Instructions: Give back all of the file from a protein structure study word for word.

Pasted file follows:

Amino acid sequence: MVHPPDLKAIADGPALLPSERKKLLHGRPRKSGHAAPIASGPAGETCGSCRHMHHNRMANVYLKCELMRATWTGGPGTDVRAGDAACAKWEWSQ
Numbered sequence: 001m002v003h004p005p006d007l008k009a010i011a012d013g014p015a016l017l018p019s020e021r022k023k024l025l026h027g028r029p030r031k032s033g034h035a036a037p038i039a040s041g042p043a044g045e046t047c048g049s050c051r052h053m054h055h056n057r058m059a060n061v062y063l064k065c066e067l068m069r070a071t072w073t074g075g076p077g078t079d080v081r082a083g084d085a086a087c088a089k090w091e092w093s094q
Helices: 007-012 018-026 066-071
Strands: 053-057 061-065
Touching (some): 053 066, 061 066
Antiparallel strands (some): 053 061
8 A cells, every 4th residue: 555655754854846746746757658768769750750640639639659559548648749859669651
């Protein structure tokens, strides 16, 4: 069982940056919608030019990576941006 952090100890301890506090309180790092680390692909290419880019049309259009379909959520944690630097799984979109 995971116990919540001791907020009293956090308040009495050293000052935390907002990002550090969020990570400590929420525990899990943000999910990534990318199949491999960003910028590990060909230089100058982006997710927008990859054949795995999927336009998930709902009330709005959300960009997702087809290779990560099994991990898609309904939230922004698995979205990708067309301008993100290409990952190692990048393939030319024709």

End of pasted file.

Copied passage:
Amino acid sequence: MVHPPDLKAIADGPALLPSERKKLLHGRPRKSGHAAPIASGPAGETCGSCRHMHHNRMANVYLKCELMRATWTGGPGTDVRAGDAACAKWEWSQ
Numbered sequence: 001m002v003h004p005p006d007l008k009a010i011a012d013g014p015a016l017l018p019s020e021r022k023k024l025l026h027g028r029p030r031k032s033g034h035a036a037p038i039a040s041g042p043a044g045e046t047c048g049s050c051r052h053m054h055h056n057r058m059a060n061v062y063l064k065c066e067l068m069r070a071t072w073t074g075g076p077g078t079d080v081r082a083g084d085a086a087c088a089k090w091e092w093s094q
Helices: 007-012 018-026 066-071
Strands: 053-057 061-065
Touching (some): 053 066, 061 066
Antiparallel strands (some): 053 061
8 A cells, every 4th residue: 555655754854846746746757658768769750750640639639659559548648749859669651
């Protein structure tokens, strides 16, 4: 069982940056919608030019990576941006 952090100890301890506090309180790092680390692909290419880019049309259009379909959520944690630097799984979109 995971116990919540001791907020009293956090308040009495050293000052935390907002990002550090969020990570400590929420525990899990943000999910990534990318199949491999960003910028590990060909230089100058982006997710927008990859054949795995999927336009998930709902009330709005959300960009997702087809290779990560099994991990898609309904939230922004698995979205990708067309301008993100290409990952190692990048393939030319024709």